Project Title:
Improving Teacher Quality through Technology Enhanced Science Instruction

TEACHER QUALITY CATEGORIES TO BE USED ON ALL Requested TQ


INVOICES Funds

1. Personnel $11,400.00

2. Fringe $2,250.00

3. Support Personnel $80.00

22
TEACHER QUALITY HIGHER EDUCATION PROGRAM
Itemized Budget Page 3
4. Participant Costs $10,000.00

5. Travel $200.50

6. Additional Costs $1,620.00

7. Evaluation Costs (at least 3%) $3,676.62

8. Materials and Supplies $447.60

9. Total Lines 1-8 $29,674.72

10. Indirect Costs All subgrants should use one of the two following $2,373.98
indirect cost calculations, whichever is lower: 1) 8%, excluding tuition
or 2) the institutions federally negotiated indirect cost rate.
Grand Total (9 & 10) $32,048.70

23
Appendix B: Budget Narrative

Personnel and Fringe Benefits $13,650 (TQ Funds)

Burt Parker will serve as the project director for this PD, developing the grant proposal

topics and activities for the improvement of teacher quality in elementary science education. Mr.

Parker reviewed the past test scores and CCRPI data to discover the need for teacher

improvement in DCSD. He will be responsible for the recruitment of the 20 teachers and serve

as the facilitator during the 3 follow-up sessions. He will also, with the help of the Co-PD,

develop the course schedule. He will also be attending the GSTA with the DCSD teachers who

are making their presentation. The TQ grant will provide a salary of $5,000 and fringe benefits

of $1,250.

Melissa Sloan will be the Co-PD for the development of this course. She will aid in

developing the course schedule and serve as the facilitator of the last of the 5-day summer

intensive. She will also aid Dr. D Alba in the development of the data collection instruments.

Ms. Sloan will assist in the recruitment of the 20 participants for the project and in the daily

administration of the PD. The TQ grant will provide a salary of $4,000 and fringe benefits of

$1,000.

Tenecia Powe will serve as a facilitator of the first 2 days of the summer intensive. She

will be provided 2 days for preparation for the 2 days of instruction. Her depth of knowledge in

science and technology integration will be of immense value to the teachers who participate in

the PD. The TQ grant will provide remuneration of $600 for the 2 days of facilitation and $600

for the 2 days of preparation for a total of $1200.

Dr. Esma Jennings will serve as a facilitator during the summer intensive. She will be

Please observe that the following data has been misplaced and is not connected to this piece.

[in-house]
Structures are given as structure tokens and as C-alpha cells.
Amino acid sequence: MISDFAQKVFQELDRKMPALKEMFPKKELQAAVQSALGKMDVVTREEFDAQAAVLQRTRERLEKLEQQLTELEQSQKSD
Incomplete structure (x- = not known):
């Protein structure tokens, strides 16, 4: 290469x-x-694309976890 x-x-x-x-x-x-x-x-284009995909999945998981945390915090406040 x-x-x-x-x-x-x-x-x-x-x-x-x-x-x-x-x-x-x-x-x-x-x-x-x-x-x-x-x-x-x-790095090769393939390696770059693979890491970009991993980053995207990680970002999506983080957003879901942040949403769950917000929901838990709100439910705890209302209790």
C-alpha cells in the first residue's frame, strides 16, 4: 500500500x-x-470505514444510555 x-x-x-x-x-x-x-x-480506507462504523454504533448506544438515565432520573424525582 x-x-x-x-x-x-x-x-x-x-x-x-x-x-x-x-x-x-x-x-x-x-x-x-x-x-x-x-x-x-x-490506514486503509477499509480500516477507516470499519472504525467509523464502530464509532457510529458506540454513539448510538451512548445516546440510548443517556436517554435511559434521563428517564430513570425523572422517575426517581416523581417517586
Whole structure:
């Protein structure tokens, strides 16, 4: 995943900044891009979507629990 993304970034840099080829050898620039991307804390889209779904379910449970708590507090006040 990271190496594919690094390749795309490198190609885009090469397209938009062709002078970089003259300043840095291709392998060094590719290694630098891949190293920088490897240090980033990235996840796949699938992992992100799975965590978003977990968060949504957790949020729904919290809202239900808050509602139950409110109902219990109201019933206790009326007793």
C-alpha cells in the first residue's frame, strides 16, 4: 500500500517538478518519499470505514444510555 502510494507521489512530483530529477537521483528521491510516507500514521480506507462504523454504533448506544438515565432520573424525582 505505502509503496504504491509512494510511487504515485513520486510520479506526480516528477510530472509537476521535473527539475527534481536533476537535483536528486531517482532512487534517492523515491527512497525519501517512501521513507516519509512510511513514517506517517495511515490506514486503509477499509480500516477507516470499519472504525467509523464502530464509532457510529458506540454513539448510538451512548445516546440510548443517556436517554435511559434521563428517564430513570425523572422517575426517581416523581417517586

provided 2 days for preparation for her 2 days of instruction. Her depth of knowledge in science

24
and experience in teaching professional developments will be of immense value to the teachers

who participate in the PD. The TQ grant will provide remuneration of $600 for the 2 days of

facilitation and $600 for the 2 days of preparation for a total of $1200.

Participant Cost $10,000 (TQ Funds)

Each of the 20 4th and 5th grade science teachers will receive a $500 stipend for

participation in the PD. Each participant will be expected to attend all 5 days of the summer

intensive and all 3 follow-up days during the school year. The stipend will be held until the

completion of the course. The TQ grant will provide $10,000 in stipends.

Additional Cost $1620 (TQ Funds)

All funds in this area will go to provide lunches for the participants, facilitators, and

project directors during the PD so that the time usually given to a lunch break can be utilized as a

working lunch. The cost includes 20 boxed lunches a day for the participants during the summer

intensive and 2 boxed lunches a day for the Project Director and Co-PD during the summer

intensive and 1 boxed lunch per day for the facilitators during the summer intensive (20

participants X $9 per lunch X 5 days) + (2 staff X $9 per lunch X 5 days) + (1 facilitator X $9

per lunch X 4 days) = $1026. TQ funds will also provide lunches for the participants and staff

for the 3 follow-up days (20 participants X $9 per lunch X 3 days) + (2 staff X $9 per lunch X 3

days) = $594. Total TQ funds amount to $1620.

Evaluation Cost $3,676.62 (TQ Funds)


Dr. Adriana D Alba will provide the external evaluation of this project. She will collect

data from before the course begins to establish the baseline. She will also evaluate all of the data

collected throughout the course and provide the course evaluation after the final session of the

course. The evaluation will require 2 trips to Stone Mountain from Carrollton. TQ funds will

provide Dr. D Alba $3500 in evaluator fees and $176.62 for meals and travel expenses.

25
Materials and Supplies $447.60 (TQ Funds)